Impossible 7’ And ‘8’ Shift To Summer 2023, 2024

Paramount and Skydance have announced that Tom Cruise’s next two Mission: Impossible movies will open a bit later than intended. Christopher McQuarrie’s Mission: Impossible 7 (or whatever they’ll call it) will now open not on September 30, 2022 (which was always a weird date for a global tentpole) but on July 14, 2023. Likewise, Mission: Impossible 8 (which may be the series finale) will open not on July 7, 2023 but June 28, 2024.  

This is more about finishing the movies on schedule (and having enough time to prep and produce the eighth installment) as it is about concerns about the theatrical marketplace. Top Gun: Maverick is still locked for May 27, 2022. Any concerns about a slew of new delays were arguably put to rest with the $33.8 million Fri-Mon debut of Scream last weekend.  

Sony moved Morbius because April 1 was a better date, and because Spider-Man: No Way Home was doing so damn well it didn’t make sense to interrupt its flow. Whether Sony will use the extra two months to throw in a cameo or two is entirely speculation, but I wish something (Liam Neeson’s Blacklight, Channing Tatum’s Dog, etc.) had moved into the January 28 slot.  

Anyway, this leaves Puss in Boots: The Last Wish (September 23) as the preordained biggie of the month, and I’d advise New Line to possibly move Olivia Wilde’s Don’t Worry Darling (currently on September 23) to the now vacant September 30 slot. This is obviously good news for Spider-Man: Across the Spider-Verse part I as it’ll be that much more “the biggest biggie of the biggies” when it debuts October 7. 

Moving Mission: Impossible 7 to summer 2023 makes sense as it gives Paramount two (hopefully) summer tentpoles next season alongside Transformers: Rise of the Beasts on June 9, 2023. It’ll open a week before Chris Nolan’s Oppenheimer and two weeks prior to Marvel’s Ant-Man and the Wasp: Quantumania. Mission: Impossible 8 joins WB’s Furiosa (May 24) as the only explicitly dated tentpole for summer 2024.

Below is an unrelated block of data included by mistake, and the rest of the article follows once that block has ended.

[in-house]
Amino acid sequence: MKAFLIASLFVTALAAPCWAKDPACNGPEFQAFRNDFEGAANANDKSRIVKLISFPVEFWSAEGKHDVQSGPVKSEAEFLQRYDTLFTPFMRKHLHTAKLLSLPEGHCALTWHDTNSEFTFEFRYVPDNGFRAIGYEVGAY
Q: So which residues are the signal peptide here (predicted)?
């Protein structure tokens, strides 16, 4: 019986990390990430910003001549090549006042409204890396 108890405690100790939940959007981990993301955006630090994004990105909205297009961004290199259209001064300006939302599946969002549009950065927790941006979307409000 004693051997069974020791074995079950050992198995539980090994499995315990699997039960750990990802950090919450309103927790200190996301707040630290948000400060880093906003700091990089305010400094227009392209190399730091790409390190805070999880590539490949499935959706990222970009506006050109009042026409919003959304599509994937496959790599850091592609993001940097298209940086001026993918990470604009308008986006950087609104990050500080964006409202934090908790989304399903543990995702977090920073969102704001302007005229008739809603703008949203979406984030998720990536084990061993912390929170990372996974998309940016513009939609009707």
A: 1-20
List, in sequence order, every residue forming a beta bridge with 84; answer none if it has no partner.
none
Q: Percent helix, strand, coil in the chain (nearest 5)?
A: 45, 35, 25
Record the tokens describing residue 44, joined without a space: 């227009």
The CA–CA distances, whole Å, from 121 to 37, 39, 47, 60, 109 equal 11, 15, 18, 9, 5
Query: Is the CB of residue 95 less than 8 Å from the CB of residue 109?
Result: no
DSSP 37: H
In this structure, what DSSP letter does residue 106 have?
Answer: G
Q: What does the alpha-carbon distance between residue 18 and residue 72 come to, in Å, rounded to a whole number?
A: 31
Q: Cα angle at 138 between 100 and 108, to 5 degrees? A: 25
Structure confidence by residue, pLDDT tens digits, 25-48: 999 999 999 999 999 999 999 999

While this will make a five-year gap since Mission: Impossible – Fallout (July 30, 2018), the franchise has usually allowed time to pass between installments. Mission: Impossible II opened on Memorial Day weekend 2000, four years almost to the day after Mission: Impossible. Mission: Impossible III opened six years later (May 2006) while Mission: Impossible – Ghost Protocol debuted in Christmas 2011. Mission: Impossible – Rogue Nation opened just 3.5 years later, as it responded to Star Wars: The Force Awakens moving from summer to Christmas 2015 by moving *up* five months for a late-July 2015 release.  

Fallout was the first to open in a comparatively “normal” franchise gap, as was supposed to be the case for part VII before Covid arrived. The seventh film has suffered stops and starts due to the obvious challenges with shooting a multi-location, globe-spanning action spectacular, one that prizes itself on (when possible) practical stunts and believe-your-eyes movie magic.   

We’ll see if Ryan Coogler’s Black Panther: Wakanda Forever becomes the next mega-movie to move out of late 2022 due to the sheer Covid-specific challenges of finishing the damn thing. If so, I’d advise Warner Bros. to move The Flash to Christmas and send Aquaman: The Lost Kingdom to the pre-Thanksgiving November slot. However, I think we’ve reached the point where further theatrical delays are about actually making the movie and finishing on time, not about whether enough people will show up when it does open.  

Christopher McQuarrie’s Mission: Impossible 7 (and, depending on who survives, Mission: Impossible 8) stars Tom Cruise alongside Rebecca Ferguson, Hayley Atwell, Ving Rhames, Henry Czerny, Simon Pegg, Vanessa Kirby, Angela Bassett, Cary Elwes, Indira Varma, Rob Delaney and Charles Parnell. Part 7 opens in summer 2023 while part 8 opens in summer 2024. For those itching for a Cruise fix, Top Gun 2 is still slated for Memorial Day, 22 years after Mission: Impossible 2, 26 years after Mission: Impossible and 36 years after Top Gun.